More On Legal & Compliancefrom The Advisor's Professional Library
- Suitability and Fiduciary Duty Recommending suitable investments is more than just a regulatory obligation. Many investors bring cases claiming lack of suitability, so RIAs must continuously put the onus on clients to notify the advisor of changes in their financial situation.
- Trading Practices and Errors When SEC-registered investment advisors conduct annual audits of firm policies and procedures, they should pay close attention to trading practices. Though usually not required to, state-registered advisors should look at their trading practices and revise policies that do not fully protect clients.
We knew Harold Evensky has been a proponent of the fiduciary standard for advice givers for some time and that he was a leading light of the Institute for the Fiduciary Standard. So we asked the Institute’s co-founder, Knut Rostad, to comment on Evensky’s contributions.—Ed.
We first collaborated to advocate for fiduciary advice some 10 years ago through a predecessor initiative (to the Committee for the Fiduciary Standard and the Institute for the Fiduciary Standard). Among our activities, we created an ad to explain the differences between advisors and brokers. Its headline was, “Would you expect your butcher to recommend a veggie plate?” Harold’s counsel was on point, and the ad hit the mark and got attention. (In fact, the “Butcher versus Nutritionist” messaging was recently brought back in updated form by HighTower’s Elliot Weissbluth in person and in a YouTube video). At the time I thought that for a guy trained as an engineer, Harold was OK.
Fast forward to 2009. The country was reeling from the financial crisis and financial reform was in the offing. In June, the Obama administration called for such reform that included requiring that brokers rendering investment advice do so as fiduciaries. Several well-respected practitioners and fiduciary experts—including Harold—came together to form The Committee for the Fiduciary Standard. Within a month, the Committee was invited to meet with SEC Commissioner Elisse Walter. We met with then-Chairman Schapiro in September; meetings with Commissioners Paredes, Aguilar and Casey, and SIFMA and FINRA, followed.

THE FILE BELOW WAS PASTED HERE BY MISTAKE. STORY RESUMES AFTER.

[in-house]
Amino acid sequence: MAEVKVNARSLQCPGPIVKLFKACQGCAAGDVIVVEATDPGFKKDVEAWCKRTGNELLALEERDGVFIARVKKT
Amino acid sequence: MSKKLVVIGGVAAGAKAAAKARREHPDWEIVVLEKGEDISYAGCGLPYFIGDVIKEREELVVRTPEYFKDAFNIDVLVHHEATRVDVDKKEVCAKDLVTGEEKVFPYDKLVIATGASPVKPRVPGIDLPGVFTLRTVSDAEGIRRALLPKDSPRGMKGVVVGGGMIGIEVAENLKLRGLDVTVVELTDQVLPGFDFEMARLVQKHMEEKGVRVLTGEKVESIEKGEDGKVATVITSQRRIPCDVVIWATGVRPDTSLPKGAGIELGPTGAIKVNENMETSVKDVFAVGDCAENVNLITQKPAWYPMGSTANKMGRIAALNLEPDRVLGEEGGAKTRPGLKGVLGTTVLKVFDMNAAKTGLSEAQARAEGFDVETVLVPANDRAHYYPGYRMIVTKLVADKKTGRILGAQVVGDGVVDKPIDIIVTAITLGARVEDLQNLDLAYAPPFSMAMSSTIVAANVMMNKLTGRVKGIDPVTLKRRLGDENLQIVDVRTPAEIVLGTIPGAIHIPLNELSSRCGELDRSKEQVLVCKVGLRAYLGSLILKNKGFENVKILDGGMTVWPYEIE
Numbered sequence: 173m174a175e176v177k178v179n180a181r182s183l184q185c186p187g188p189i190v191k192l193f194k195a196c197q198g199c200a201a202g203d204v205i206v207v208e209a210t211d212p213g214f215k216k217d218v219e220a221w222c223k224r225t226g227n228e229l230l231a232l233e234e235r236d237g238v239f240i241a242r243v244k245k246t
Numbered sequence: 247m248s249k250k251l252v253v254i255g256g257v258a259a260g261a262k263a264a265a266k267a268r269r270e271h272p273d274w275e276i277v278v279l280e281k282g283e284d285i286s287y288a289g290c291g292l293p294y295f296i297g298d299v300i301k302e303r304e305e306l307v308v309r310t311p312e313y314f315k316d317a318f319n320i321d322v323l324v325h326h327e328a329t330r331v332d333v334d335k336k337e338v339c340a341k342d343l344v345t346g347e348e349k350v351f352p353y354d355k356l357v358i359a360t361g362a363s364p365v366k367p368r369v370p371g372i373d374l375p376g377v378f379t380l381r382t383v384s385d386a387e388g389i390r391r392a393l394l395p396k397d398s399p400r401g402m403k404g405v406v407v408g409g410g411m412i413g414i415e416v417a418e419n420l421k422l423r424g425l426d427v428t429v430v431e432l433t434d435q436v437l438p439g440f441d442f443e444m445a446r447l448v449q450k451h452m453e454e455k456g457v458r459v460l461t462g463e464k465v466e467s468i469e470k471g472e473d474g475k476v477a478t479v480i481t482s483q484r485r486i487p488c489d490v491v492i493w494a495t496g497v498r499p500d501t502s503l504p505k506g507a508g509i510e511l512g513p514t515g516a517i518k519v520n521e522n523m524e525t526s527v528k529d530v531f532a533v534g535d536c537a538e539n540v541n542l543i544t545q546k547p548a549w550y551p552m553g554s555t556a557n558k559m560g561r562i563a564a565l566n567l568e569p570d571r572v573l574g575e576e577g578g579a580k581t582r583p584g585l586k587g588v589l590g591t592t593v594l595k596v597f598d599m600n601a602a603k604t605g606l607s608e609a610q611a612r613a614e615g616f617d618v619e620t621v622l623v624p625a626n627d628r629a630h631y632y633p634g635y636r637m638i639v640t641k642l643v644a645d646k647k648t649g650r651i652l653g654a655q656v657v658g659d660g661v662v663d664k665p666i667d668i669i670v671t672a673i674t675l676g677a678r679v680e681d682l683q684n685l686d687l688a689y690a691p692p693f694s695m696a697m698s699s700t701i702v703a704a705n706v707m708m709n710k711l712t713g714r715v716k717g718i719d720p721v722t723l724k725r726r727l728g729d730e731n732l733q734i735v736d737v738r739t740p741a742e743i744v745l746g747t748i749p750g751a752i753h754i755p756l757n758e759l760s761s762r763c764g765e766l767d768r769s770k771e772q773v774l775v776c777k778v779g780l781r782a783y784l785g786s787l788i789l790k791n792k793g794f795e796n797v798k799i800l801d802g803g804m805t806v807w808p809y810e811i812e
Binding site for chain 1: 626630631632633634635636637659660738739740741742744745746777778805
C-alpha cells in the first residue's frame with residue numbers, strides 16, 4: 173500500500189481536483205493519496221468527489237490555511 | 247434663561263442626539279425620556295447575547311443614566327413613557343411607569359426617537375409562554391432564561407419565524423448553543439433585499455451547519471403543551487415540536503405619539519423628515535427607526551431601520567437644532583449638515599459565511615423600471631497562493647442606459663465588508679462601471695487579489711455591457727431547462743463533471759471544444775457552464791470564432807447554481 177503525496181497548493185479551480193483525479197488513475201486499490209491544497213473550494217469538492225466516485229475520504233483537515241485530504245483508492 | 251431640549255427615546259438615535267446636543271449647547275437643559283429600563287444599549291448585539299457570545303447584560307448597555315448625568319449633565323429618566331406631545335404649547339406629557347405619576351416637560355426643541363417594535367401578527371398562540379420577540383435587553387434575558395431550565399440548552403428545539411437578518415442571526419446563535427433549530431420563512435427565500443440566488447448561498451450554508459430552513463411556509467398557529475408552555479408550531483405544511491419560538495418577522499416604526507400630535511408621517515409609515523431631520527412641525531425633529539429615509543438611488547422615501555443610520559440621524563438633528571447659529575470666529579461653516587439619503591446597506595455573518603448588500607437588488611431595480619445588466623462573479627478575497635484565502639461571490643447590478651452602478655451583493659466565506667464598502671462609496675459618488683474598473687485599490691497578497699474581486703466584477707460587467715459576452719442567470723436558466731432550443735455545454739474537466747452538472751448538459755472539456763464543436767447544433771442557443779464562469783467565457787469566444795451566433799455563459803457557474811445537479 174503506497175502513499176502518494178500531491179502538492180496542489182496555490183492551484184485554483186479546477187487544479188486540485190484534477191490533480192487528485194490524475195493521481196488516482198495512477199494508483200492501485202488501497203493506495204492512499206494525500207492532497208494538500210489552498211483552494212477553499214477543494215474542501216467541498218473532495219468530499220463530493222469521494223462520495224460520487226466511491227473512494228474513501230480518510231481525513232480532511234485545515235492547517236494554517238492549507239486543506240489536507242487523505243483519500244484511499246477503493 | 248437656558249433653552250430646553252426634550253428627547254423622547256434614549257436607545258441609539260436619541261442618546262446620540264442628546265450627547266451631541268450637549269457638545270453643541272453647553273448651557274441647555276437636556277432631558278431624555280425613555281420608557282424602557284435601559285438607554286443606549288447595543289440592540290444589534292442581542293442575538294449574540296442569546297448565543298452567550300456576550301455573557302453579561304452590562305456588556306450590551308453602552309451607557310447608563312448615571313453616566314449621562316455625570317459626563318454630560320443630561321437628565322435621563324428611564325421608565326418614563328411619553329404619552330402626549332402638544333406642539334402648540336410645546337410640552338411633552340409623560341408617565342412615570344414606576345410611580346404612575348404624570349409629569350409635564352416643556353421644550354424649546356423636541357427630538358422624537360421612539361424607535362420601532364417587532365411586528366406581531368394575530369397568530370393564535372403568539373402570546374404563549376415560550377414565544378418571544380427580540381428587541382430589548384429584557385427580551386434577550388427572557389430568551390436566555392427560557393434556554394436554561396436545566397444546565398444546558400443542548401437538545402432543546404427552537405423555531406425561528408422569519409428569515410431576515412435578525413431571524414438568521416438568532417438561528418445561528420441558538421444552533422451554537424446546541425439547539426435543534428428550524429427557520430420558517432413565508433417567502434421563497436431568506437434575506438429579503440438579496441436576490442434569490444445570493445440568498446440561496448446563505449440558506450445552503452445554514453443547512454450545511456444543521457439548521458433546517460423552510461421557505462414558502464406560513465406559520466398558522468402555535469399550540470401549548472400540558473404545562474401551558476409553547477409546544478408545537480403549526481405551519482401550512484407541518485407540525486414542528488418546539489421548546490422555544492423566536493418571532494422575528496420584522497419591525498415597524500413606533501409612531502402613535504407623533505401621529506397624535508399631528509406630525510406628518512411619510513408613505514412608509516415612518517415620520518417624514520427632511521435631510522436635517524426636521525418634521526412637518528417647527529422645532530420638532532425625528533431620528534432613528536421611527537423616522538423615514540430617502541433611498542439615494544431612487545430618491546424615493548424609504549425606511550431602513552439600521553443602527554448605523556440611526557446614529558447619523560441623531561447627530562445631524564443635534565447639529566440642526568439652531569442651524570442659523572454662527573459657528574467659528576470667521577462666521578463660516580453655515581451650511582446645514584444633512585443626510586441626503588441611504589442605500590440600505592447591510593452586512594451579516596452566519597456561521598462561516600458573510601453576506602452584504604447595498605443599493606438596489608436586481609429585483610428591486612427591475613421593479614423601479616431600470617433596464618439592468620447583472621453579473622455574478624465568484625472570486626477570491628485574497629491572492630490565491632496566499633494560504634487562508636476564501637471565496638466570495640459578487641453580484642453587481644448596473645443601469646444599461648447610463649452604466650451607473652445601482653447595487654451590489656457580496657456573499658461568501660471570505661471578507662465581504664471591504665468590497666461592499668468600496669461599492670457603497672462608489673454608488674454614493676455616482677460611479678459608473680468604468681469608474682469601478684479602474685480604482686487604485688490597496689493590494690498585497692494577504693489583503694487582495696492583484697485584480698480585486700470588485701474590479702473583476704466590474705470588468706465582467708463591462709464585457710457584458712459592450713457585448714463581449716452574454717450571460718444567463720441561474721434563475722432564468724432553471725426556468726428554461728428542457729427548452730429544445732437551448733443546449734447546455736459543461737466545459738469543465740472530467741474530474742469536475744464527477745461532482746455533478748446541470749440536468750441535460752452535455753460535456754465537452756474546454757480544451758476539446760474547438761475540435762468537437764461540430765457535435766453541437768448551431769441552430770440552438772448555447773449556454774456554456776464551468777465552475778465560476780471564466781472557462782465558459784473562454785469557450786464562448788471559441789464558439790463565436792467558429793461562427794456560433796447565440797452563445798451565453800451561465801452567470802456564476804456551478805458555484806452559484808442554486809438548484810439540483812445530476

Harold’s “leading from behind” style was immediately felt at the Committee, a diverse group of accomplished industry professionals. His vision was clear and concise. Humanize fiduciary. Speak in few words and in plain English (the five fiduciary principles comprise 52 words). Speak about the fiduciary standard in terms of grandmother and apple pie, then repeat as needed. Speak from experience about how brokers can and many already do meet the higher fiduciary standard (Harold used to be a broker).
Harold’s plain-spoken advocacy befits his fiduciary persona and has undoubtedly persuaded thousands of practitioners, reporters and clients over many years. For that we can all be grateful. The next Evensky objective: to get tens of thousands or more investors to ask their broker to sign the Evensky Fiduciary Oath.